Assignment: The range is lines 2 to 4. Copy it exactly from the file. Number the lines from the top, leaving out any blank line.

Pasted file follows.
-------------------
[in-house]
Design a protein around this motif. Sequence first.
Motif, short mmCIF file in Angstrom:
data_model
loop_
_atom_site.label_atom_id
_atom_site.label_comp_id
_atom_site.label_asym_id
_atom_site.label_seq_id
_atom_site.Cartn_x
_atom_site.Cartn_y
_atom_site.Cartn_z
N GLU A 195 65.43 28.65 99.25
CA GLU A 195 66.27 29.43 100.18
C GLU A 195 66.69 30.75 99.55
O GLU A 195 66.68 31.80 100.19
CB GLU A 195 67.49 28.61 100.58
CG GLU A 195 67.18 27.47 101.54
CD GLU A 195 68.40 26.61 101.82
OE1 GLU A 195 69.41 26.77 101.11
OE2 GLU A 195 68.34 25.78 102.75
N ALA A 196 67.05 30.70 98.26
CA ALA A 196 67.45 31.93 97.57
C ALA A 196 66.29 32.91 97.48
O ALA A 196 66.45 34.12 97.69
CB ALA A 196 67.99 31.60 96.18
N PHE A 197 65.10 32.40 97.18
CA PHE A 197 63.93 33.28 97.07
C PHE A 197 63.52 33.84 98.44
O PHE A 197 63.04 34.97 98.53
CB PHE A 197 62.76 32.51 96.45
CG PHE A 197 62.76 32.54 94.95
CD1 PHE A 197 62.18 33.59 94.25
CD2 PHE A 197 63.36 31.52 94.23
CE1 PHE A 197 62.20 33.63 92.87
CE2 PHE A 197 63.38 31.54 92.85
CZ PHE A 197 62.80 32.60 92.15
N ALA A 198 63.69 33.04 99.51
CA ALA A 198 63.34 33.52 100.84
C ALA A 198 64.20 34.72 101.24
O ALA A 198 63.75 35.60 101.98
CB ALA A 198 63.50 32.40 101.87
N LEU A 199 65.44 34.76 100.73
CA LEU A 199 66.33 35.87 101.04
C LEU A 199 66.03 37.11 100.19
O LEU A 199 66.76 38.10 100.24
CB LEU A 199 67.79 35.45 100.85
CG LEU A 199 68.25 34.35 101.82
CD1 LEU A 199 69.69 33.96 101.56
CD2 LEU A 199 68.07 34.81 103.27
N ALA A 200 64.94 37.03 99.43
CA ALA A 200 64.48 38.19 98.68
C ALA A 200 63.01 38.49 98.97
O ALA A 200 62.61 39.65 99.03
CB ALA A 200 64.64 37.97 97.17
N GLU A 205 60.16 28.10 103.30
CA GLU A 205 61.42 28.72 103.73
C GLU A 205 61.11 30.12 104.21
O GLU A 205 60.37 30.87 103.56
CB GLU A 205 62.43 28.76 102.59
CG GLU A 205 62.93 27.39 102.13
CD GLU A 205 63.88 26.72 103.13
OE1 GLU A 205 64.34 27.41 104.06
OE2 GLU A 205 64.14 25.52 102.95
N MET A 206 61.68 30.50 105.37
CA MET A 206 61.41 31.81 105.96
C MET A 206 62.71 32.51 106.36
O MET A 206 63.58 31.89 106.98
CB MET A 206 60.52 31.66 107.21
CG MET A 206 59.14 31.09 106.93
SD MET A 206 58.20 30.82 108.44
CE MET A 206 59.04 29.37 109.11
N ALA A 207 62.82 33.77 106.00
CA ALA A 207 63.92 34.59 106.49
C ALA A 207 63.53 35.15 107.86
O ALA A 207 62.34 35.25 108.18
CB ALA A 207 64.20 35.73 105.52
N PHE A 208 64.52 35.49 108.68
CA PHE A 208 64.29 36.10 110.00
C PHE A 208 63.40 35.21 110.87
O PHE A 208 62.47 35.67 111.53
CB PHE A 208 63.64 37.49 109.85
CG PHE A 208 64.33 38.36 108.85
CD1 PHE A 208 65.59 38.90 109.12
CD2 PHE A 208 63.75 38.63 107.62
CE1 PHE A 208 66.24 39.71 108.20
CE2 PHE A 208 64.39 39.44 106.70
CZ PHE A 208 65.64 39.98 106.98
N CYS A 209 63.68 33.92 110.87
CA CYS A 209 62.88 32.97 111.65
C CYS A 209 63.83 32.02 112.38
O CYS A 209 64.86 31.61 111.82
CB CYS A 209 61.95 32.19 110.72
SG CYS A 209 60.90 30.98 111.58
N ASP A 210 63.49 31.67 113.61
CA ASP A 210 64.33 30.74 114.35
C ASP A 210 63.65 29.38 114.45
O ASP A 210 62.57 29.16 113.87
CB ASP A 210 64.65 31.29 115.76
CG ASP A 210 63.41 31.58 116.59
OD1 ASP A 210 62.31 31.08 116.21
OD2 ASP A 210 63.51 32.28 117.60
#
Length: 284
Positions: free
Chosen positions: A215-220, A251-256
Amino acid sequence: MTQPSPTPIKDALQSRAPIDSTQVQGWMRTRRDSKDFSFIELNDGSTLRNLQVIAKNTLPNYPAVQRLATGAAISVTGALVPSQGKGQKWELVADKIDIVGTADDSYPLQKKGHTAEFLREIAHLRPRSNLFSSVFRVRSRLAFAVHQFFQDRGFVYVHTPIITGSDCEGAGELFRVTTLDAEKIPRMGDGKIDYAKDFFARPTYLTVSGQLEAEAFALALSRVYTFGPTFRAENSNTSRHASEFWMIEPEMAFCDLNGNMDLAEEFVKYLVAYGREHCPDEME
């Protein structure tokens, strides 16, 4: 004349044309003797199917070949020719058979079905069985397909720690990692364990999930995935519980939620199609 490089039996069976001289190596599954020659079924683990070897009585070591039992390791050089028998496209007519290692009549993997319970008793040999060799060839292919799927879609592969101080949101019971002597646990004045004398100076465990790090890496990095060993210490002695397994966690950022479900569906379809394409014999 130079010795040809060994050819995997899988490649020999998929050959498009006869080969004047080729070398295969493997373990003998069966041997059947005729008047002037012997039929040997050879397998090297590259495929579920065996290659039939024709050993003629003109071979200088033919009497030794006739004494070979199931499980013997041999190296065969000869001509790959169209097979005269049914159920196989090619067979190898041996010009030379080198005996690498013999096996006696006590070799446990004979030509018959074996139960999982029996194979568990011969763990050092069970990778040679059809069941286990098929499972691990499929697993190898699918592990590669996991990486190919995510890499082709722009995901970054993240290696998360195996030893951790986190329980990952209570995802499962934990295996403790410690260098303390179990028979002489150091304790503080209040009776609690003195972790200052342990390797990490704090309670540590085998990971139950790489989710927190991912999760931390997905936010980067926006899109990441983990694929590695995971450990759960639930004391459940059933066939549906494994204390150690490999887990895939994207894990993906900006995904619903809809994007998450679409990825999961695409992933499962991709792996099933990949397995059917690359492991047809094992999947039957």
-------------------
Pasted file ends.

Design a protein around this motif. Sequence first.
Motif, short mmCIF file in Angstrom:
data_model